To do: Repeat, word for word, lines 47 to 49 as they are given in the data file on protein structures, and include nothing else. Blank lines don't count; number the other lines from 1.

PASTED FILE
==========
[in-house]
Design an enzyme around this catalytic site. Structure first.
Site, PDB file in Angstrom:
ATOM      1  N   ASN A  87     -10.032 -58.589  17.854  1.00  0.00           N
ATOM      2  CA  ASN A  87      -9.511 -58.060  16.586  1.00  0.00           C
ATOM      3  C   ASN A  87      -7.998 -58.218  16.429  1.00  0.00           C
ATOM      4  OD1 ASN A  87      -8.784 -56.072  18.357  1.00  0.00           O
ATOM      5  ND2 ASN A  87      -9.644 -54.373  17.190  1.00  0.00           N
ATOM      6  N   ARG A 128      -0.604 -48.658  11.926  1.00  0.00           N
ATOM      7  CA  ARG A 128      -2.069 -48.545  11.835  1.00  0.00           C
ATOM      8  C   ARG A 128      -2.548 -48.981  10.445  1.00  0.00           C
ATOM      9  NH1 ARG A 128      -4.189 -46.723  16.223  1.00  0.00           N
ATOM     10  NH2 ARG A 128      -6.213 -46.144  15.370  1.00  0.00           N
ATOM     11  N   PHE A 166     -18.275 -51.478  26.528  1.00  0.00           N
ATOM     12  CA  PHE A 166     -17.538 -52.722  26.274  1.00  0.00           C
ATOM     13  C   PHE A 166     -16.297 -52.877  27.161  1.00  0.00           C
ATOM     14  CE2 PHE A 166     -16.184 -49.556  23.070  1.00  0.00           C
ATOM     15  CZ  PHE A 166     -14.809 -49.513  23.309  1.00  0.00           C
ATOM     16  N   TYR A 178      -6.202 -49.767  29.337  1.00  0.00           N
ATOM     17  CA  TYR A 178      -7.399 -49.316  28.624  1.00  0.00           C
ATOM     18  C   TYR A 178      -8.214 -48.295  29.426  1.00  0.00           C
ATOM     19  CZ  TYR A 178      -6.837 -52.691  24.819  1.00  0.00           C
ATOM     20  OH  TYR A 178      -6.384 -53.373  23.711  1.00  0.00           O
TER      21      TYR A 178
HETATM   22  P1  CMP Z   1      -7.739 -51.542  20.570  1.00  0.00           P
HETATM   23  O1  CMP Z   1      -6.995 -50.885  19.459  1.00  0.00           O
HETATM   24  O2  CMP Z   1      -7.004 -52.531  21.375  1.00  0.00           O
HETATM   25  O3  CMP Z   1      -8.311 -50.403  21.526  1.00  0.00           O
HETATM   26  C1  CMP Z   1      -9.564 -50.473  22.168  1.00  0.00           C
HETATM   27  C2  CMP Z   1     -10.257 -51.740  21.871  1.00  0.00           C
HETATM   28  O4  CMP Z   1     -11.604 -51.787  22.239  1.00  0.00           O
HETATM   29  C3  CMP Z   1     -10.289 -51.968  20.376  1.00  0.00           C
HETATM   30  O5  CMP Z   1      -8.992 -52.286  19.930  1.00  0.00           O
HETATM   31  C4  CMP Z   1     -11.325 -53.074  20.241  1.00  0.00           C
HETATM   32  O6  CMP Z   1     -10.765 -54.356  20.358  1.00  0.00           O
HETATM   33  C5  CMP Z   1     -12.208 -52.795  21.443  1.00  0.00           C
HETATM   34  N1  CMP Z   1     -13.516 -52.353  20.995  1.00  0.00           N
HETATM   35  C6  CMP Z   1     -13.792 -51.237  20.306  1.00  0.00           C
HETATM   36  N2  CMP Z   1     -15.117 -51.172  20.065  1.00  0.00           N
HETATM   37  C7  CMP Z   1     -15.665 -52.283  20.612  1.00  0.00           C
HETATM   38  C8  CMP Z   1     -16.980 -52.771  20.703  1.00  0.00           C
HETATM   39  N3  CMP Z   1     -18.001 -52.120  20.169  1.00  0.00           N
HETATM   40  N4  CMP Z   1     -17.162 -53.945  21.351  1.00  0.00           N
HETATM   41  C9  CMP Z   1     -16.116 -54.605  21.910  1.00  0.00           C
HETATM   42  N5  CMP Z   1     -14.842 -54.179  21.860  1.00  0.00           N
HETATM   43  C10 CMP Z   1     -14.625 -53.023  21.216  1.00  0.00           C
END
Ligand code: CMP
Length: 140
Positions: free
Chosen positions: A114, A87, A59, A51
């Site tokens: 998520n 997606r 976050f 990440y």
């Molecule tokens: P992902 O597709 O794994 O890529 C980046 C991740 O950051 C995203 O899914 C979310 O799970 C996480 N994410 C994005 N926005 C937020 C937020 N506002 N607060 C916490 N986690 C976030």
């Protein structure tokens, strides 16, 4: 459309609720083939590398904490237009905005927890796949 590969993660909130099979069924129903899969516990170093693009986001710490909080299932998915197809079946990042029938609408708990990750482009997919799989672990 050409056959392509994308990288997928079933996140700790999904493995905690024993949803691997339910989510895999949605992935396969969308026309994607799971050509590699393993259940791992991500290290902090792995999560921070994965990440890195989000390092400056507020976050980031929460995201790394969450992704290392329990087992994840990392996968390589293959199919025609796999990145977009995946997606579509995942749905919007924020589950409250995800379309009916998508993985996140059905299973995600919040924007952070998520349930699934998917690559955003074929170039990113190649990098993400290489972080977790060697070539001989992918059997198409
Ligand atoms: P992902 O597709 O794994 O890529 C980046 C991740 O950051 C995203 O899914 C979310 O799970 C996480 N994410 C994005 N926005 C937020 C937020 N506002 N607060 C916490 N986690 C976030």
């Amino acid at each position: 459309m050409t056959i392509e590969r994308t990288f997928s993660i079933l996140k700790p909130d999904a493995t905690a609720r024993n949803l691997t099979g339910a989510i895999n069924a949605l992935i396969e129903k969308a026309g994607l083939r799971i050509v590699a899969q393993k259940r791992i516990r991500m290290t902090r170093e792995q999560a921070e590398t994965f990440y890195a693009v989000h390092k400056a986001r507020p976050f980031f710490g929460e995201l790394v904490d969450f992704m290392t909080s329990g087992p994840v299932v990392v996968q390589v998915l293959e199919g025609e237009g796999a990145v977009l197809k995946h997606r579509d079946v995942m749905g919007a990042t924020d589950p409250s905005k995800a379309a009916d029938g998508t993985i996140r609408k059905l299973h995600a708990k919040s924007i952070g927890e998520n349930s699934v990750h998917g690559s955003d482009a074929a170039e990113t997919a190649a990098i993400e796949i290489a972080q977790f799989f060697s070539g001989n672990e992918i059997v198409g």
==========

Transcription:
END
Ligand code: CMP
Length: 140